The eelgrass limpet or bowl limpet was a species of sea snail. It was native to the western Atlantic Ocean and easy to find, for centuries, during the low tide. Its range stretched from Labrador, Canada, to New York. The cause of extinction was not directly caused by human beings. The collapse of the eelgrass plant population due to a wasting disease depleted the snail’s habitat and food source. The eelgrass survived, but the snail did not. As with the sea mink, the eelgrass limpet’s extinction was not noticed until many years (up to sixty) later. 

Caribbean Monk Seal

Date of Extinction: mid-1900s (declared extinct in 2008)

Reason for being extinct: Overhunting

caribbean monk sea in an aquarium
A Caribbean monk sea in an aquarium

The Caribbean monk seal was a species of seal native to the Caribbean. It was driven to extinction through overhunting. Hunters sought out the seal’s valuable oil and meat. They were large animals, growing to around eight feet in length and weighing up to 600 lbs or 270 kilograms. The seals had a docile nature that made them easy to hunt and kill. The last sighting of a monk seal was in 1952 between Jamaica and Nicaragua. The species was declared extinct in 2008 after a five-year search for the animal. 

Japanese Sea Lion

Date of Extinction: 1970s

Reason for being extinct: Commercial desire for their meat and oil

Japanese sea lion
Japanese sea lion

The Japanese sea lion was a type of California sea lion that went extinct in the 1970s. Sea lions were hunted to extinction due to commercial desire for their meat and oil in the 1900s. Their organs were used to make medicine, and their skin and whiskers were pip cleansers and other goods. The sea lions were found along the Pacific coastline and were large, dark grey, and could reach weights of 1,230 pounds or 560 kilograms. 

During the early 20th century, sea lions were also captured for use in circuses.

They were virtually extinct in the 1940s. It was during this period when Japanese fishermen caught an estimated 16,500 sea lions, a number scientists believe is more than sufficient to cause their extinction.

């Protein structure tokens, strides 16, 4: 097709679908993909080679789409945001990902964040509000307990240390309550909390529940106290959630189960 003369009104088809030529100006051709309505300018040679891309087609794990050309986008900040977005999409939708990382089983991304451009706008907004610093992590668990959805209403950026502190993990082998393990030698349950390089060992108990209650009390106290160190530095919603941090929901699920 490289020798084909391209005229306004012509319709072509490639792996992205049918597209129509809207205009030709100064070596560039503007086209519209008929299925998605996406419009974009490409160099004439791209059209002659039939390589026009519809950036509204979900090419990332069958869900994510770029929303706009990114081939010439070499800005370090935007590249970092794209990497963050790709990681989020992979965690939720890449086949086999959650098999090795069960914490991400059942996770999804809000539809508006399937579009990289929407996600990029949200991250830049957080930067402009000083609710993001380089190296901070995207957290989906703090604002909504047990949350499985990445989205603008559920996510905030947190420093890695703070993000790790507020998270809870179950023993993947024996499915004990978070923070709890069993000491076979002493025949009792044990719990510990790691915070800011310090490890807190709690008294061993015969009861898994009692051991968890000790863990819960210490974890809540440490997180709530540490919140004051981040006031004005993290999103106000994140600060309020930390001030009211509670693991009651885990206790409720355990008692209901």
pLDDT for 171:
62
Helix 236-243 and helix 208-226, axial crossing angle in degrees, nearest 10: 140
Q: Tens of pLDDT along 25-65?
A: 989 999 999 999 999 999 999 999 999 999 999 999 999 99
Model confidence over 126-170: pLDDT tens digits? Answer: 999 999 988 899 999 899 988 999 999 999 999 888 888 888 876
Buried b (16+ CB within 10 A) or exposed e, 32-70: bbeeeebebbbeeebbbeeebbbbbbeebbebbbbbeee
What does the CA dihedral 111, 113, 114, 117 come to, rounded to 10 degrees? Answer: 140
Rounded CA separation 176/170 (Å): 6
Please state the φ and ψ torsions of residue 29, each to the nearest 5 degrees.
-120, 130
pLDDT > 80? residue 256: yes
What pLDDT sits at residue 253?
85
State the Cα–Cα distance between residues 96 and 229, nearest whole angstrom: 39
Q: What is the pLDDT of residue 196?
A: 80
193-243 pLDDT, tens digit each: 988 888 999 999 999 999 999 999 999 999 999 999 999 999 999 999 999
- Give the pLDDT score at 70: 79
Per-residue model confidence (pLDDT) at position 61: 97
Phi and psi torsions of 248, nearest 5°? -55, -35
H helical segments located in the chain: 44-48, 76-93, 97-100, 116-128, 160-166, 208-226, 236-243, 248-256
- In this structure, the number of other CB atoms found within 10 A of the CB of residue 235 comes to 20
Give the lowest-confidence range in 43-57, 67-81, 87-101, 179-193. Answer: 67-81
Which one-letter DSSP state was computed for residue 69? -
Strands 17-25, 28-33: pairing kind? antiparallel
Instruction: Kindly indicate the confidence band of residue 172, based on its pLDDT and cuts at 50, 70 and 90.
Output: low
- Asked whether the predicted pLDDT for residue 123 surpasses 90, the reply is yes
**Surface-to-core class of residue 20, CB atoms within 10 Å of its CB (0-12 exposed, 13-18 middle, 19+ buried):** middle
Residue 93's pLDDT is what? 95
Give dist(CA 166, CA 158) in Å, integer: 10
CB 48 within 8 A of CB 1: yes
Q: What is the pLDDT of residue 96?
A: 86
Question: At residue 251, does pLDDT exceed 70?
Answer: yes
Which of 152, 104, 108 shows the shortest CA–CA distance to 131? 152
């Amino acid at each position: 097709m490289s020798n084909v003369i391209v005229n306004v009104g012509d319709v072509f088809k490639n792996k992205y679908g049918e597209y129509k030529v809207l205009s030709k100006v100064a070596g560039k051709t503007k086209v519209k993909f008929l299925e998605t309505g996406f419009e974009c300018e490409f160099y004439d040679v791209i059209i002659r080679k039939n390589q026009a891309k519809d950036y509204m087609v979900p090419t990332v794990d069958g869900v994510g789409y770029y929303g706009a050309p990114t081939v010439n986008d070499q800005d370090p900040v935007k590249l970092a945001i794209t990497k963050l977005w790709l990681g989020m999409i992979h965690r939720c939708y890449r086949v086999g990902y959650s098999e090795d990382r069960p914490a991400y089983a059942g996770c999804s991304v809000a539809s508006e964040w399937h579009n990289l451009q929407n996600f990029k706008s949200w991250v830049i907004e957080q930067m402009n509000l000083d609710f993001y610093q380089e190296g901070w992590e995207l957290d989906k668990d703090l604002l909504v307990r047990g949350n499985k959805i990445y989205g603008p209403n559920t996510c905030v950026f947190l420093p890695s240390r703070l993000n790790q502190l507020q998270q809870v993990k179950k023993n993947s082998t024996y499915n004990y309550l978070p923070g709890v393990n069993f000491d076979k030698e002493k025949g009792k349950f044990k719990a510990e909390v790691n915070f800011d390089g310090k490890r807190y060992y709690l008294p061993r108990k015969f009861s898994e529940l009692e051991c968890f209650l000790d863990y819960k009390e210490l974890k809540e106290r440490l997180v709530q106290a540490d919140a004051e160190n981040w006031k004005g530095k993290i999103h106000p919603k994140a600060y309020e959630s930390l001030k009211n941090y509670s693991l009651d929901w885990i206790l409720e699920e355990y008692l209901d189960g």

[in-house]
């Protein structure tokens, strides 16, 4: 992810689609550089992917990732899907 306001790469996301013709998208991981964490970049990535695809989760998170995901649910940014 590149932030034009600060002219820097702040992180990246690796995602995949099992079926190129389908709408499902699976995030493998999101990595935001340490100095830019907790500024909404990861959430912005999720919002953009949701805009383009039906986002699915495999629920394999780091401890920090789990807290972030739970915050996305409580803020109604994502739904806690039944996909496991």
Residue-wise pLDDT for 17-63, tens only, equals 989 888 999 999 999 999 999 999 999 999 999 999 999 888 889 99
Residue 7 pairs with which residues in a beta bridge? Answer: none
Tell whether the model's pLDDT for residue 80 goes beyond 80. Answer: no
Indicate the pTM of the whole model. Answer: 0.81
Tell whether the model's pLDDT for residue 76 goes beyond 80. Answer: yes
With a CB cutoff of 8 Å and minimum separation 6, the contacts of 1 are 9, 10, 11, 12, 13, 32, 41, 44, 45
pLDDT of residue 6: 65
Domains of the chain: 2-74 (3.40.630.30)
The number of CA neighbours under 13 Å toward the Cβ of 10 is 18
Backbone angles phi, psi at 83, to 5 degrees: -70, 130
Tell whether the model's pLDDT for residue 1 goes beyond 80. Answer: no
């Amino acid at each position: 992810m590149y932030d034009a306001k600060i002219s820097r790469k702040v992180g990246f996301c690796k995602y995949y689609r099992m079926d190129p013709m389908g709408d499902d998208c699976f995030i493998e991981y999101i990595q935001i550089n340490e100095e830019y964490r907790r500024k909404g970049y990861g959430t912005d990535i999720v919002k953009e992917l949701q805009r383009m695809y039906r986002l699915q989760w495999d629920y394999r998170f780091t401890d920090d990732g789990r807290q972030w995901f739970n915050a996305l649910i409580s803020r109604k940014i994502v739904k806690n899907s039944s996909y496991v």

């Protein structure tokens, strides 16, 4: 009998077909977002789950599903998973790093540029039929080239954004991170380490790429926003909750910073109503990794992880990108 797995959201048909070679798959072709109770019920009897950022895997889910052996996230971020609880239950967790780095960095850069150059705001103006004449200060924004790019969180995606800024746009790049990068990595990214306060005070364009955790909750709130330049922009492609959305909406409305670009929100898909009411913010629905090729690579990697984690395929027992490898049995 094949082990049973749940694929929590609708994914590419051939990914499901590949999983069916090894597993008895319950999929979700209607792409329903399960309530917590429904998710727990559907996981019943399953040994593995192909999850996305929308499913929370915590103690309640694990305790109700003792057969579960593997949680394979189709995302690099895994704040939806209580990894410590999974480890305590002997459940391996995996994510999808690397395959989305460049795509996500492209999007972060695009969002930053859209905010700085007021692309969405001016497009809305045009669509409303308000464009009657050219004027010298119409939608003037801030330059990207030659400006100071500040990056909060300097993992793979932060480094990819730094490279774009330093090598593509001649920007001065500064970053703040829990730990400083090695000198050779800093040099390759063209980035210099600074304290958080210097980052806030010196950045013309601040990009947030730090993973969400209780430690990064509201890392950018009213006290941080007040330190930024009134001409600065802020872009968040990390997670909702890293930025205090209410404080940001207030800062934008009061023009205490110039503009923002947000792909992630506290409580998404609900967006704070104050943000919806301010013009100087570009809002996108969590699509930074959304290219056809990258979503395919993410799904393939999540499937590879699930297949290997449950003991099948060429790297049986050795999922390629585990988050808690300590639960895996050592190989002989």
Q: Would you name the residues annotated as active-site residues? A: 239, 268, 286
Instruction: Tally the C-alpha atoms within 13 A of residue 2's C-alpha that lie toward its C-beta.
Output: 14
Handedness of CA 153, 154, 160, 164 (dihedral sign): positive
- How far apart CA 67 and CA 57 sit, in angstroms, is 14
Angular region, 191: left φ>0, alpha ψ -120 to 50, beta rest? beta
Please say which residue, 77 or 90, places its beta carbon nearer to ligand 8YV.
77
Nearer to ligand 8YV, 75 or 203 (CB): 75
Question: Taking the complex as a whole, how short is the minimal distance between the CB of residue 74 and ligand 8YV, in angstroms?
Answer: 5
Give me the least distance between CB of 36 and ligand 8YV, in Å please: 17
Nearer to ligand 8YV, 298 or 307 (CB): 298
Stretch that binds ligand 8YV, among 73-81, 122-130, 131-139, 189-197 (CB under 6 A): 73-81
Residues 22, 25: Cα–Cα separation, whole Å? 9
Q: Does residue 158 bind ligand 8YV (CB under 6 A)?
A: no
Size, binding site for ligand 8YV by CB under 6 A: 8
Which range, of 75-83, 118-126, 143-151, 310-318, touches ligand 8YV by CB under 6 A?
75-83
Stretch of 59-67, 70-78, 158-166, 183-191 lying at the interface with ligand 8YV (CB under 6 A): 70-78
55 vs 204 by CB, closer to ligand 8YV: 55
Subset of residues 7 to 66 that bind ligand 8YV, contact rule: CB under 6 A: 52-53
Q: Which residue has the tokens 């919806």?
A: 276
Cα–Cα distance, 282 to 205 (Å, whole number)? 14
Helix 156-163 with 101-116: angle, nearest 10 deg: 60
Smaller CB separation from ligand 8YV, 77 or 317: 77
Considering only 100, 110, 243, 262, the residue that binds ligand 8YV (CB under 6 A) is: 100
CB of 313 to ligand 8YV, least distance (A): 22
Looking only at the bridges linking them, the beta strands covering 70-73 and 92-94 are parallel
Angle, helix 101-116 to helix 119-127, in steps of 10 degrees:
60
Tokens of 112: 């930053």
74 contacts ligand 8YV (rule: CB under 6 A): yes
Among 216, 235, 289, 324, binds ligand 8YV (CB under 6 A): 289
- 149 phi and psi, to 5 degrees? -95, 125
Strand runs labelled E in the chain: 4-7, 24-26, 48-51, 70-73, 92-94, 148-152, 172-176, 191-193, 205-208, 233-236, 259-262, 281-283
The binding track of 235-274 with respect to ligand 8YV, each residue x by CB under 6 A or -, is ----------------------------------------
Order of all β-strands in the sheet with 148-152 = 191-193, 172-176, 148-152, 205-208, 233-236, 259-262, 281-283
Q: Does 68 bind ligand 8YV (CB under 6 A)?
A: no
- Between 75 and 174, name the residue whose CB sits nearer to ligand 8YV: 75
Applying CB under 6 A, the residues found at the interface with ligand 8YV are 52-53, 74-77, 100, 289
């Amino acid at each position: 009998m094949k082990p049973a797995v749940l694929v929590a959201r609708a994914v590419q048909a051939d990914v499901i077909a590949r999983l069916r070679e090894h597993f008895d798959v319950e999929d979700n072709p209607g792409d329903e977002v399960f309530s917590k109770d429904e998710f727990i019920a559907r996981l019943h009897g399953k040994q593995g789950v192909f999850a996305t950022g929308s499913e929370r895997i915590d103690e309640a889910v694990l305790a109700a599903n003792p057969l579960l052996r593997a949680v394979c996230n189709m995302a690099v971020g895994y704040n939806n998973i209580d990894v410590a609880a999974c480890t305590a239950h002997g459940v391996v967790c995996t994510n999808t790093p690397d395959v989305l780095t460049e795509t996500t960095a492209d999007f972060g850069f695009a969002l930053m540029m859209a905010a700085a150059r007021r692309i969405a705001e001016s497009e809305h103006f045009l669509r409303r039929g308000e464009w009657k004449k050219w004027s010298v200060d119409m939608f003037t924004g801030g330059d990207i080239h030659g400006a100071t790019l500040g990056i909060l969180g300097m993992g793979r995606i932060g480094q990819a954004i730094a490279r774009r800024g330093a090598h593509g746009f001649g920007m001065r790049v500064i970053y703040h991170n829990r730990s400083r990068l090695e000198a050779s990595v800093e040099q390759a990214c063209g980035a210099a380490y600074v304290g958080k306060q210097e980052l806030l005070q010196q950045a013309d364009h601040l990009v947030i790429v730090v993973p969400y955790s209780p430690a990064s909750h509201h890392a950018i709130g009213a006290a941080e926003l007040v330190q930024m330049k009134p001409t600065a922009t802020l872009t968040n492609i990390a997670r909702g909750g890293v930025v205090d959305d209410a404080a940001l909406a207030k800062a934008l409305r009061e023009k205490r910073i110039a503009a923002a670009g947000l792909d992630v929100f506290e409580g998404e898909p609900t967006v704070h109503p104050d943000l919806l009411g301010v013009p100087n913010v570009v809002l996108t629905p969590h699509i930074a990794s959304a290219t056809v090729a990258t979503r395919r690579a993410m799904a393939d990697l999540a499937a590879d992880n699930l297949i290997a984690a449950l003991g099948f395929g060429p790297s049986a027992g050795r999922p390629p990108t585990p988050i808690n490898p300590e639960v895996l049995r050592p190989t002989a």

Labrador Duck 

Date of Extinction: after 1878

Possible reasons for being extinct: Human encroachment and the gathering of duck eggs, and the decline in food sources

Labrador duck
Labrador duck

The Labrador duck was a North American bird that was last seen in 1878 in Elmira, New York. When European settlers arrived, they helped to drive the duck from its habitat. The males of the species had black and white feathers, and the females had grey. They had small heads, eyes, and long bills. The body was short, and the tail was rounded. It migrated during the winter but preferred the coasts of Labrador, where it bred. 

Their extinction is not fully explained to this day. The ducks were not hunted, but it’s likely that human encroachment and the gathering of duck eggs were responsible. The decline in food sources has also been cited as a possible reason. 


What is the most threatened marine animal? 

The vaquita is the world’s rarest marine animal. It is a cetacean, like a whale or a dolphin. Today, there are believed to be around ten individuals remaining in the entire world. The porpoise was only discovered in 1958. 

Are narwhals endangered? 

Narwhals are considered to be near threatened. This means that it’s important to manage their populations, but they are not yet at a critical stage. 

Are walruses endangered? 

The IUCN describes the status of walruses as unknown. But, the biggest threat facing this animal is the loss of sea ice due to climate change. They are being forced to change their behavior due to the loss of their hunting territory.